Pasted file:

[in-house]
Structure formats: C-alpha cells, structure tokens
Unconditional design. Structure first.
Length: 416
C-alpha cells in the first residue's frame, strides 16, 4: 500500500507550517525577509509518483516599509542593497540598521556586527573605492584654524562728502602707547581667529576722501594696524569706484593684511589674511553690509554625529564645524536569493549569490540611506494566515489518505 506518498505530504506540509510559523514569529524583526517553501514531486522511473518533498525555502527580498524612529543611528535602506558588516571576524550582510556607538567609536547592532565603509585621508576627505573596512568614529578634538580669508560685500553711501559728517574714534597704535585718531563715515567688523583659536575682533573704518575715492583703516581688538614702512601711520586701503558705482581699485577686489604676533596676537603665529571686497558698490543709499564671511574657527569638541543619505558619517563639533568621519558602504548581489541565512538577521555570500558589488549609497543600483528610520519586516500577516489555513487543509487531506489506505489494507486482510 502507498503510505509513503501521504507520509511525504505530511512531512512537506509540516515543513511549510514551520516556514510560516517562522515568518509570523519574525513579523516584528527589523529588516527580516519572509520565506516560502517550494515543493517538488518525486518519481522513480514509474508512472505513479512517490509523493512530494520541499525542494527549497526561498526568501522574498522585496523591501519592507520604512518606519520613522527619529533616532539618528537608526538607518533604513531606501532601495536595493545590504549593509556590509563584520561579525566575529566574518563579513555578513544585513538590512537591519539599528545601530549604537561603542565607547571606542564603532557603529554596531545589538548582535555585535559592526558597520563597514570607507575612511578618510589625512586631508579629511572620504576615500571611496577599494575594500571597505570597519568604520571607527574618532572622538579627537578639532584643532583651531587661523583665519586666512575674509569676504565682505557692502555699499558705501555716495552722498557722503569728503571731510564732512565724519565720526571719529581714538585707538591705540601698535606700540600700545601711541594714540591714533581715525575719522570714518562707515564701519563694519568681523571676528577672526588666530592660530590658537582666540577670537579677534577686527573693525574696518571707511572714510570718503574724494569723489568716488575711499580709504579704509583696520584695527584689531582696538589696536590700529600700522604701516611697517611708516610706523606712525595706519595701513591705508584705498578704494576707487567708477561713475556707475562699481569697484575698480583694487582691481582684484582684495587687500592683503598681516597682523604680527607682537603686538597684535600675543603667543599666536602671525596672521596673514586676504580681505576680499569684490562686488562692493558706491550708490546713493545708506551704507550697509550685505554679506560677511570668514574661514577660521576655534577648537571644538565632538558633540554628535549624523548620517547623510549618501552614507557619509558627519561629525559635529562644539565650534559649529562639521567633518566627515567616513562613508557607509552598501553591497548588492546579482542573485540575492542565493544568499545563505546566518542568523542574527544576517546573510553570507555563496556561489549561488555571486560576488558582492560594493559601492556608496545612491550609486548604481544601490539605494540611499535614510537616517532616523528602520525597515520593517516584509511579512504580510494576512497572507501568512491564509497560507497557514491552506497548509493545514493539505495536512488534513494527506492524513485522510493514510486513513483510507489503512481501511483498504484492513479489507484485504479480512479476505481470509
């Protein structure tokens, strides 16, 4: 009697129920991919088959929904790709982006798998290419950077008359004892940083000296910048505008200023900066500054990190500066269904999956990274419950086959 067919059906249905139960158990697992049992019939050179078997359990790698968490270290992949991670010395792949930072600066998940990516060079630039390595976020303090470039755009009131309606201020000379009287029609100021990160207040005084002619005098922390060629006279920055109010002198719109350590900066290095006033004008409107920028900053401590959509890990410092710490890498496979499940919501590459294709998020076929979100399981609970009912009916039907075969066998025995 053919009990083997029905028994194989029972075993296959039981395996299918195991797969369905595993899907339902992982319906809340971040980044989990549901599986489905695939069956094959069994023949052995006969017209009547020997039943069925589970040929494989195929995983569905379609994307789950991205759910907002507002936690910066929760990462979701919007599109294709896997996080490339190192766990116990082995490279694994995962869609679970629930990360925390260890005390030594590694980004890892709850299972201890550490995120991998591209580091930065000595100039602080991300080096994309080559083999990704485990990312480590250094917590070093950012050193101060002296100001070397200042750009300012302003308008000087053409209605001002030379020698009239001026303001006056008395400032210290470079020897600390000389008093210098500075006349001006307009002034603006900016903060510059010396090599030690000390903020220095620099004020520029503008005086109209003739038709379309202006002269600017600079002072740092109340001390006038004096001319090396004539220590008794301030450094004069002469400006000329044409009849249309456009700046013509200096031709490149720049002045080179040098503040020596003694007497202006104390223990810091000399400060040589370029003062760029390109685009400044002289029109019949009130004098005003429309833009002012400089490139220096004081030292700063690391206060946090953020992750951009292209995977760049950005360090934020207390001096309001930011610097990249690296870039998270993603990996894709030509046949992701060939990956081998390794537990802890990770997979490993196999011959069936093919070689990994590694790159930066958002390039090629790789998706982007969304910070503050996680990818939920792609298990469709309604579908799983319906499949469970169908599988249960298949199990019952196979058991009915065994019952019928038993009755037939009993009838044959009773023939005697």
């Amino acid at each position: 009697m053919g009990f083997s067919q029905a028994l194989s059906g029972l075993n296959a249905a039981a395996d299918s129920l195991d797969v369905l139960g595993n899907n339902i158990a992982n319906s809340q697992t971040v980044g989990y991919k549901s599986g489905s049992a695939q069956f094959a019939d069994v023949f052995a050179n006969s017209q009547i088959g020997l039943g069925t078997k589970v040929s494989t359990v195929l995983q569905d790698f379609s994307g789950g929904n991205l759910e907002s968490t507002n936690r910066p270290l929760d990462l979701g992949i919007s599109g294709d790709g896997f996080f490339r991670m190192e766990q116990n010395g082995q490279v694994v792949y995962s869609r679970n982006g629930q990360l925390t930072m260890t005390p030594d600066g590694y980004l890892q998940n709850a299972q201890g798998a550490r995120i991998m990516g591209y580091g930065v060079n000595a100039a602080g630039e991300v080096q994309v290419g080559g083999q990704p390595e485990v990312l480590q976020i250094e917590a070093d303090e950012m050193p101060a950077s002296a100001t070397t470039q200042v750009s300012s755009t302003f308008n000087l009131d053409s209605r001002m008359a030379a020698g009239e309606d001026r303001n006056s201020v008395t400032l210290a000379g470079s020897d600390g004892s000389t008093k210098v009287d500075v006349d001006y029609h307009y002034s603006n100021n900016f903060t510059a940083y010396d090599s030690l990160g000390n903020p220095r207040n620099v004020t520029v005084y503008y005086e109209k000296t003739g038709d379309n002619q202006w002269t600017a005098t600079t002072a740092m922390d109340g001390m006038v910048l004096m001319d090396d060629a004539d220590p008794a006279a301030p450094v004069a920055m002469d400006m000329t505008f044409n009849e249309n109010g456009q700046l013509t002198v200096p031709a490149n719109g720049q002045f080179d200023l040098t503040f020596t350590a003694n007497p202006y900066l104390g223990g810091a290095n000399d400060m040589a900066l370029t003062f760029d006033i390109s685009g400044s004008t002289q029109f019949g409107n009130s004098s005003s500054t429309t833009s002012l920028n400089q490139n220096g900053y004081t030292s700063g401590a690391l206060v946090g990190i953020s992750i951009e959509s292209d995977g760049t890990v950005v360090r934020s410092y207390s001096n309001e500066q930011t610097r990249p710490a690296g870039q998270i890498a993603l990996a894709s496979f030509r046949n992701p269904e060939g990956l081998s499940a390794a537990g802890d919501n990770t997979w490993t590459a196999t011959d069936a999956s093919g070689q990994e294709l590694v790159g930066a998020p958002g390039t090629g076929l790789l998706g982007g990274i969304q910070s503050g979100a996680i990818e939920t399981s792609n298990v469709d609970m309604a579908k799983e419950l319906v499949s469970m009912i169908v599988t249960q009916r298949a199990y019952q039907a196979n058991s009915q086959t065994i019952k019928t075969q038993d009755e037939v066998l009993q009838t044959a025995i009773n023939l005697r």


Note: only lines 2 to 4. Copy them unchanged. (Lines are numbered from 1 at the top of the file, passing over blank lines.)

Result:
Structure formats: C-alpha cells, structure tokens
Unconditional design. Structure first.
Length: 416